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Parents' Guide to

Boys State

By Tara McNamara, Common Sense Media Reviewer

age 13+

Teens make like political pros in insightful documentary.

Movie PG-13 2020 109 minutes
Boys State Poster Image

A Lot or a Little?

What you will—and won't—find in this movie.

Community Reviews

age 11+

Based on 2 parent reviews

age 9+
age 13+

Riveting documentary about politics, adolescence, and leadership

We watched this with our 15yo son and found it deeply compelling. Our son had to be reminded that the film is following real events and real people, not with scripts and actors -- he noted that this really added something in terms of the suspense and unpredictability. Like the participants, we didn't know how this would turn out and it's amazing to watch them deal with this uncertainty in their hopes, strategies, interactions. There's a lot that's predictably upsetting, but also much that is unexpectedly hopeful. The evolving reflections of the young people on what was going on adds an added layer of depth and discovery. Highly recommended.

Is It Any Good?

Our review:
Parents say (2 ):
Kids say (2 ):

Watching these teens vie for fake political power is a revelation about what's gone wrong in the modern U.S. government: It's like The War Room meets Model U.N. For starters, we see what the teens are picking up from their parents, the news, and their own political perusals. But while the American Legion's teen mock state legislature is fairly homogenous -- White, male, conservative ("I've never seen so many White people, ever," says René Otero, a Black attendee who wins the role of party chair with an intelligent speech but is quickly racially targeted for impeachment when he won't entertain the idea of Texas seceding from the union) -- filmmakers Jesse Moss and Amanda McBaine choose to follow subjects who are incredibly diverse on every level.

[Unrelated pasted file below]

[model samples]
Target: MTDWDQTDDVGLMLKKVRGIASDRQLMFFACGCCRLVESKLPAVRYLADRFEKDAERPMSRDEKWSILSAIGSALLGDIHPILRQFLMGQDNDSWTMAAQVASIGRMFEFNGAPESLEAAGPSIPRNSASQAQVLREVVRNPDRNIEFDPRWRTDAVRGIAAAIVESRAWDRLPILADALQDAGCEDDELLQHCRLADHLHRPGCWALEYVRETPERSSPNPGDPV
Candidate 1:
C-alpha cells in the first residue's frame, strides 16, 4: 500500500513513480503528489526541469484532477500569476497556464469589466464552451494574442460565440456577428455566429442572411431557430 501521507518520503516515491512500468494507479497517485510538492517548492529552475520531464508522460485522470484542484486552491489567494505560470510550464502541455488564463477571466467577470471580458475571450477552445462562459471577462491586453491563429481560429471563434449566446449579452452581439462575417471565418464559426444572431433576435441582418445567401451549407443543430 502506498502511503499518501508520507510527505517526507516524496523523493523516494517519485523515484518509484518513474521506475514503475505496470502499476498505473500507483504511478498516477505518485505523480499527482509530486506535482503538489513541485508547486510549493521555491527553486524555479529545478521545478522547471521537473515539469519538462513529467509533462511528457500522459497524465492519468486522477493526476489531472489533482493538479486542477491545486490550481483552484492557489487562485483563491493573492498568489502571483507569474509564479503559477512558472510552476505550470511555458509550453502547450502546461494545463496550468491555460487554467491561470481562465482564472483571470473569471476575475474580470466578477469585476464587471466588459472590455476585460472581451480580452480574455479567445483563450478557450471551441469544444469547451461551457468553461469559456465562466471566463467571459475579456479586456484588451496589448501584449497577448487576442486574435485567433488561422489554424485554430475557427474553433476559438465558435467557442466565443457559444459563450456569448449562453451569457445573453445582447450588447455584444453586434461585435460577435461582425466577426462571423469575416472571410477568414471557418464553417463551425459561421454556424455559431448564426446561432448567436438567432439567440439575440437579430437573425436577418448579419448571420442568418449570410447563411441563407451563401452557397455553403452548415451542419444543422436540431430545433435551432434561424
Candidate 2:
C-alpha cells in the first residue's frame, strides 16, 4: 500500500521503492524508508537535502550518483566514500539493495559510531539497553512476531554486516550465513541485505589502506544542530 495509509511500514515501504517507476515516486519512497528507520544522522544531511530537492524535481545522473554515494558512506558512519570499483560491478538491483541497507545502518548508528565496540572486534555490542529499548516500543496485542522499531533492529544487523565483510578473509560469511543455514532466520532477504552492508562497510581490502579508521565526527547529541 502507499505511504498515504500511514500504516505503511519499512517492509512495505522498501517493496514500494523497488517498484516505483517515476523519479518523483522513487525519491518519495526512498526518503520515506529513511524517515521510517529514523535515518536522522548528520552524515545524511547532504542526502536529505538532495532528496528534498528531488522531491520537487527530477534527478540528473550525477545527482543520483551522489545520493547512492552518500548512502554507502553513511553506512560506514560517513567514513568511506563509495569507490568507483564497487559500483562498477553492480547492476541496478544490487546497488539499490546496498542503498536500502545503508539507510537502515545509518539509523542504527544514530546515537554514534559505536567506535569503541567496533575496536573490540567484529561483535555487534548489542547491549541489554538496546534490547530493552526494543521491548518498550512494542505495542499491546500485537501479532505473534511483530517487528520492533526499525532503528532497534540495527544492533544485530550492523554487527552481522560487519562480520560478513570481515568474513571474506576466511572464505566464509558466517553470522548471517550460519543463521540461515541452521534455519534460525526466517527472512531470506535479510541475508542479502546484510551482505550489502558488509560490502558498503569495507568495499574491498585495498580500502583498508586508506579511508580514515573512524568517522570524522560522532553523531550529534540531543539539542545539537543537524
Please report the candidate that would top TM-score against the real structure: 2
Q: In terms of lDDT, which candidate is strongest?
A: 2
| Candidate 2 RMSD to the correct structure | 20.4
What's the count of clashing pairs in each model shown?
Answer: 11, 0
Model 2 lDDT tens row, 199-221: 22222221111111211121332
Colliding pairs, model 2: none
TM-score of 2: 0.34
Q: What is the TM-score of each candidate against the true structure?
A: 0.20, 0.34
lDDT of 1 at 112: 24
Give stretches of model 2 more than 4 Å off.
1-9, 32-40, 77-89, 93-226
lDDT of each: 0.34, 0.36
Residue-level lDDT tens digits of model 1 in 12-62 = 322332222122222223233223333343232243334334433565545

That said, since the film is all about politics, the core foursome includes two liberals and two conservatives. On the Republican side, there's athletic "guy's guy" Robert MacDougall, who campaigns on what's politically convenient: He's willing to win by supporting positions that he doesn't actually believe in. And charismatic Ben Feinstein is a die-hard politico whose "shock and awe" strategy would make Karl Rove proud and whose absent limbs don't negatively affect his ambition, success, or popularity. Realizing he's outnumbered, liberal Otero opts for political survival. And then there's Steven Garza, the heart and soul of Boys State. He's the hardworking, high-achieving kid of a single mother who was undocumented for a time, and he repeatedly demonstrates enviable political courage and integrity. Moss and McBaine never tell viewers what to think or what's right, but they let the events play out in a way that's shocking, fascinating, frightening, and hopeful. So while the elections and party of platforms of 2018's Texas Boys State have no power, the culminating events are powerful in their indication of what's going on in America.

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